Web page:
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Crocodile on the Sandbank by Elizabeth Peters

Crocodile on the Sand Amelia Peabody

Rating: 3 Stars ★★★☆☆

When I first set eyes on Evelyn Barton-Forbes she was walking the streets of Rome – (I am informed, by the self-appointed Critic who reads over my shoulder as I write, that I have already committed an error.

Plot

At thirty-two, strong-willed Amelia Peabody, a self-proclaimed spinster, decides to use her ample inheritance to indulge her passion, Egyptology. On her way to Egypt, Amelia encounters a young woman named Evelyn Barton-Forbes. The two become fast friends and travel on together, encountering mysteries, missing mummies, and Radcliffe Emerson, a dashing and opinionated archaeologist who doesn’t need a woman’s help – or so he thinks.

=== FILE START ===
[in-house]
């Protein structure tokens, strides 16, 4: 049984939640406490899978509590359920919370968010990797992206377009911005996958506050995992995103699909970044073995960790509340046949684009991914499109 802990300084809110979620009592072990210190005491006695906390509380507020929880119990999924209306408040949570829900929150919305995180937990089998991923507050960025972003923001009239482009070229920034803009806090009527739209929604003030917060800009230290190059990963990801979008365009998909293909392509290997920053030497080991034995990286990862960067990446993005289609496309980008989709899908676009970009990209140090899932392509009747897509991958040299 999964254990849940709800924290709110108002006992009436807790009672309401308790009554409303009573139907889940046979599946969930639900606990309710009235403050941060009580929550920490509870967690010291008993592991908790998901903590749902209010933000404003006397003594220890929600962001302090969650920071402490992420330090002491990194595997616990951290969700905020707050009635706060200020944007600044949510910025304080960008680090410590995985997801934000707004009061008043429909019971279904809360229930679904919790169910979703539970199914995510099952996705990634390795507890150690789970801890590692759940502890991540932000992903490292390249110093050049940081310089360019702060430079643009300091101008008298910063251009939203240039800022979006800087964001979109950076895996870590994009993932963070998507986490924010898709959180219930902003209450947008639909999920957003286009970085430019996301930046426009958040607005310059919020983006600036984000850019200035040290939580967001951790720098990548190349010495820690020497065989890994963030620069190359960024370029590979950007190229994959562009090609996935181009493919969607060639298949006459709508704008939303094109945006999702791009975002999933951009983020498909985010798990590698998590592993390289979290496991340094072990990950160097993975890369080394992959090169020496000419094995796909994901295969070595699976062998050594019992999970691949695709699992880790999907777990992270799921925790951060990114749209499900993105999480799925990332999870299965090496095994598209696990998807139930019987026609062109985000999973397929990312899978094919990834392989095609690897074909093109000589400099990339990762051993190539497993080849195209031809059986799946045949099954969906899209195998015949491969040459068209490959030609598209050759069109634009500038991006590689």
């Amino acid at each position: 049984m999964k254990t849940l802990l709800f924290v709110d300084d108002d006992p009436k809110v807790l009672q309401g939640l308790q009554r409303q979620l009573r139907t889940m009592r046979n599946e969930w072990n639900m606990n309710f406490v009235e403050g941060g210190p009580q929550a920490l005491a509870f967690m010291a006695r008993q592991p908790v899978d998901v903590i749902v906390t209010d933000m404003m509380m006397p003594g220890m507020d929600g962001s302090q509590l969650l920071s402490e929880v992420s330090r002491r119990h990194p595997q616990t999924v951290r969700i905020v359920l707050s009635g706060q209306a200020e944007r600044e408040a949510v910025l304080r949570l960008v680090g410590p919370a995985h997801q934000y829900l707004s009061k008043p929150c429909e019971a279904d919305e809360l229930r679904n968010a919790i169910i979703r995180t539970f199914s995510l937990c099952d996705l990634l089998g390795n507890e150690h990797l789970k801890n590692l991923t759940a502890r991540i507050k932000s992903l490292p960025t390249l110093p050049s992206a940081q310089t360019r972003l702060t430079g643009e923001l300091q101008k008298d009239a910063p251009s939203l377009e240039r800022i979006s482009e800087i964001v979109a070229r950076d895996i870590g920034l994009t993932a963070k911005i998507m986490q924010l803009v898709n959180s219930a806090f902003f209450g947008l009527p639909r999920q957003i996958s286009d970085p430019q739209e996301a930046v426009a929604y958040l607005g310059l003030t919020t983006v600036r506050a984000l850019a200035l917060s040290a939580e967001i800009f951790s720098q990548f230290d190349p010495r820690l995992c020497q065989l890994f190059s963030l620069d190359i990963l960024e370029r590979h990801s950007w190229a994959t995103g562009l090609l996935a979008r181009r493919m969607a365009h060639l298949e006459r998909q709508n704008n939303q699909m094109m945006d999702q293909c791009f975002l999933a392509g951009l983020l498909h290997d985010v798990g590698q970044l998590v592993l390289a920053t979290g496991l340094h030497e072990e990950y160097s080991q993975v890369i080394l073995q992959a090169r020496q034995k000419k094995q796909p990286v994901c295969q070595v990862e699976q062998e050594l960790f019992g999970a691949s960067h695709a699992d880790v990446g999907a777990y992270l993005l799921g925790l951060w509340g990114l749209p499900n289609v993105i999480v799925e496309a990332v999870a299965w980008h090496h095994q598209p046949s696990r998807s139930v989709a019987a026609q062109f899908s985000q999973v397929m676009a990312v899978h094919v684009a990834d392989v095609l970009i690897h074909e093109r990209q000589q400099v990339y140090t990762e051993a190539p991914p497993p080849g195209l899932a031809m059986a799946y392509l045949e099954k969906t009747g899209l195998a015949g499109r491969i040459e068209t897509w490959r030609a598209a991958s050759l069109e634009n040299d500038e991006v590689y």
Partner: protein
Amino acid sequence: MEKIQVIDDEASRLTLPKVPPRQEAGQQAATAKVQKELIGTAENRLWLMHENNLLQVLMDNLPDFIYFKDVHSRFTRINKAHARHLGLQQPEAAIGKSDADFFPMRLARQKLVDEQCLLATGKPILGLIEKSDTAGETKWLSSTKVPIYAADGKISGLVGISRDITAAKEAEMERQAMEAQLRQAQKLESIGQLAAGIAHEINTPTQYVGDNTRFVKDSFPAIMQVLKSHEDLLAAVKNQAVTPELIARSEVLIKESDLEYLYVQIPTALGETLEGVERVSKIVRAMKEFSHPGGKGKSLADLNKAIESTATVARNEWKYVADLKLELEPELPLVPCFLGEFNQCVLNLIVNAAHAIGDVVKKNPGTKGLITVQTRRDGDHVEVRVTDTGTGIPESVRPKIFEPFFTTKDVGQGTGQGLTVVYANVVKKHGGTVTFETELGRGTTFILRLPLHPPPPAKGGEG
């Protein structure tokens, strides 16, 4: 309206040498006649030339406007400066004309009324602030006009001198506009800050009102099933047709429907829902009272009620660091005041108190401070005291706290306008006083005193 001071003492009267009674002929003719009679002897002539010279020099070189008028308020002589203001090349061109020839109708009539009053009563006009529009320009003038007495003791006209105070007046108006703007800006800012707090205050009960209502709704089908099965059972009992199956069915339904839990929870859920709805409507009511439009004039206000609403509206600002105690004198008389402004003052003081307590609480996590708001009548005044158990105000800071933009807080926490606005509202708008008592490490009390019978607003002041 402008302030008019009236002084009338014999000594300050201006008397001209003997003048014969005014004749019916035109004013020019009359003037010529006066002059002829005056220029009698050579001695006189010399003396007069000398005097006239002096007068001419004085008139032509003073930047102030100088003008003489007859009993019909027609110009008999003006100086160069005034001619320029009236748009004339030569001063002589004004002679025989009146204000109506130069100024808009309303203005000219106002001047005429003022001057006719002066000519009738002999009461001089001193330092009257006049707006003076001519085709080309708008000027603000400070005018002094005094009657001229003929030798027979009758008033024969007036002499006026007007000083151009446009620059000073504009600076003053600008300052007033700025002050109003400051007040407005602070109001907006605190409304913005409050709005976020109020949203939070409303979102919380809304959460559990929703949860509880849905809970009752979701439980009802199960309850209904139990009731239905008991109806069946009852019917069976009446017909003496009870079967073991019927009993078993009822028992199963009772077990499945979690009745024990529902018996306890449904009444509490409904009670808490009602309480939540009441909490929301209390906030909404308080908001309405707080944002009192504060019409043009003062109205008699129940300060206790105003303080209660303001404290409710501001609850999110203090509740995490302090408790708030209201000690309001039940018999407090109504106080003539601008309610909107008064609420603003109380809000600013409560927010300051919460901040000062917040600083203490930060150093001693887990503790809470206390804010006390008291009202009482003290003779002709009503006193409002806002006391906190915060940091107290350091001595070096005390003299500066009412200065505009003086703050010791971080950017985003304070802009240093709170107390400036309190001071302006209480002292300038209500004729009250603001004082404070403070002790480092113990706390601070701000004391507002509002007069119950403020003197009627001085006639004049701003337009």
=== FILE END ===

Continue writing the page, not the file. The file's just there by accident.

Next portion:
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The Man in the High Castle by Philip K. Dick

The Man in the High Castle Philipp K Dick

Rating: 2 Stars ★★☆☆☆

It can’t be, he thought.

Plot

It’s America in 1962. Slavery is legal once again. The few Jews who still survive hide under assumed names. In San Francisco the I Ching is as common as the Yellow Pages. All because some 20 years earlier the United States lost a war, and is now occupied jointly by Nazi Germany and Japan.